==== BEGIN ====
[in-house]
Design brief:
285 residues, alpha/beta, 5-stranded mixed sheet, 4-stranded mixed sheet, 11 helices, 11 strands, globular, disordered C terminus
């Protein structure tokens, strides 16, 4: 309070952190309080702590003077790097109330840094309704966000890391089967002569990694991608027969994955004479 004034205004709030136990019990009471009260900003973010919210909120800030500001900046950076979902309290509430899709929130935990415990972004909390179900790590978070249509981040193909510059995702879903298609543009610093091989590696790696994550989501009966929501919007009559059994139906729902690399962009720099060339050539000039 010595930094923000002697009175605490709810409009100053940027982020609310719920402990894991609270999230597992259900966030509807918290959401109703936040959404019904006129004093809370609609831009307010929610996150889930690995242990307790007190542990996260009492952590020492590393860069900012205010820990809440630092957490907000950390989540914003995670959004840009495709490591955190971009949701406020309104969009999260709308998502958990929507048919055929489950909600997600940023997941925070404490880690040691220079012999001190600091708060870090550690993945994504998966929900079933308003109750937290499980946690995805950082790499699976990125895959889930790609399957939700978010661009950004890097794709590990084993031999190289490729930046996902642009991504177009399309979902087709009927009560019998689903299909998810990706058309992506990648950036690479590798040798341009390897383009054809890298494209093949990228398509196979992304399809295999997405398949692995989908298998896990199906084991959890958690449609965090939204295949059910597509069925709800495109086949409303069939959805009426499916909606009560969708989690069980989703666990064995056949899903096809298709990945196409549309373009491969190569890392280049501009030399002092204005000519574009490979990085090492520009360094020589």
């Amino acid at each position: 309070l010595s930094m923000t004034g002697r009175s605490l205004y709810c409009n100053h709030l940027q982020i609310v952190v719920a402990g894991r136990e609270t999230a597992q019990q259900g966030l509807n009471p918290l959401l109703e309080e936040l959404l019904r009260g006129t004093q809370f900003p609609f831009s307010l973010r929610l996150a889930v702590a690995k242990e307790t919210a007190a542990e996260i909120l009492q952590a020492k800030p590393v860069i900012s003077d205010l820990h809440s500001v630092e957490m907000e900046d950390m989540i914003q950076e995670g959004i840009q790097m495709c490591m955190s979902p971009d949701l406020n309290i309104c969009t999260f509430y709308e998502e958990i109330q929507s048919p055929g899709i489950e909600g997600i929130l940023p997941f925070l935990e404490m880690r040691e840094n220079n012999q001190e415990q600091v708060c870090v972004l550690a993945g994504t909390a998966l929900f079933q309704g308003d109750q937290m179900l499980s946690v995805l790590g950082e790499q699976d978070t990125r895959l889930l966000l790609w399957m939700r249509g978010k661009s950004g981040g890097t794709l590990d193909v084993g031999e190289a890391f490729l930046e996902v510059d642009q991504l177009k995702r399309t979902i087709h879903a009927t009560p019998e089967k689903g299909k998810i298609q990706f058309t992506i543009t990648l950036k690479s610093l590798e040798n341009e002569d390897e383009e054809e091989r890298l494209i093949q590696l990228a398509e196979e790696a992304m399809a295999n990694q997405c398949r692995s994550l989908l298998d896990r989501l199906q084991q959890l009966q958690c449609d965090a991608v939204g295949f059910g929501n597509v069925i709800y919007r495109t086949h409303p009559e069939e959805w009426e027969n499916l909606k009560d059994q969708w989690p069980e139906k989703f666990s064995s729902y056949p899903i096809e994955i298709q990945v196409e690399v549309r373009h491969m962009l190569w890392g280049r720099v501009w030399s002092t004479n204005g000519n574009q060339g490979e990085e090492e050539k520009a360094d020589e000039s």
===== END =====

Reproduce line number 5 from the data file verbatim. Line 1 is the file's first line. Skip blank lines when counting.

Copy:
């Amino acid at each position: 309070l010595s930094m923000t004034g002697r009175s605490l205004y709810c409009n100053h709030l940027q982020i609310v952190v719920a402990g894991r136990e609270t999230a597992q019990q259900g966030l509807n009471p918290l959401l109703e309080e936040l959404l019904r009260g006129t004093q809370f900003p609609f831009s307010l973010r929610l996150a889930v702590a690995k242990e307790t919210a007190a542990e996260i909120l009492q952590a020492k800030p590393v860069i900012s003077d205010l820990h809440s500001v630092e957490m907000e900046d950390m989540i914003q950076e995670g959004i840009q790097m495709c490591m955190s979902p971009d949701l406020n309290i309104c969009t999260f509430y709308e998502e958990i109330q929507s048919p055929g899709i489950e909600g997600i929130l940023p997941f925070l935990e404490m880690r040691e840094n220079n012999q001190e415990q600091v708060c870090v972004l550690a993945g994504t909390a998966l929900f079933q309704g308003d109750q937290m179900l499980s946690v995805l790590g950082e790499q699976d978070t990125r895959l889930l966000l790609w399957m939700r249509g978010k661009s950004g981040g890097t794709l590990d193909v084993g031999e190289a890391f490729l930046e996902v510059d642009q991504l177009k995702r399309t979902i087709h879903a009927t009560p019998e089967k689903g299909k998810i298609q990706f058309t992506i543009t990648l950036k690479s610093l590798e040798n341009e002569d390897e383009e054809e091989r890298l494209i093949q590696l990228a398509e196979e790696a992304m399809a295999n990694q997405c398949r692995s994550l989908l298998d896990r989501l199906q084991q959890l009966q958690c449609d965090a991608v939204g295949f059910g929501n597509v069925i709800y919007r495109t086949h409303p009559e069939e959805w009426e027969n499916l909606k009560d059994q969708w989690p069980e139906k989703f666990s064995s729902y056949p899903i096809e994955i298709q990945v196409e690399v549309r373009h491969m962009l190569w890392g280049r720099v501009w030399s002092t004479n204005g000519n574009q060339g490979e990085e090492e050539k520009a360094d020589e000039s």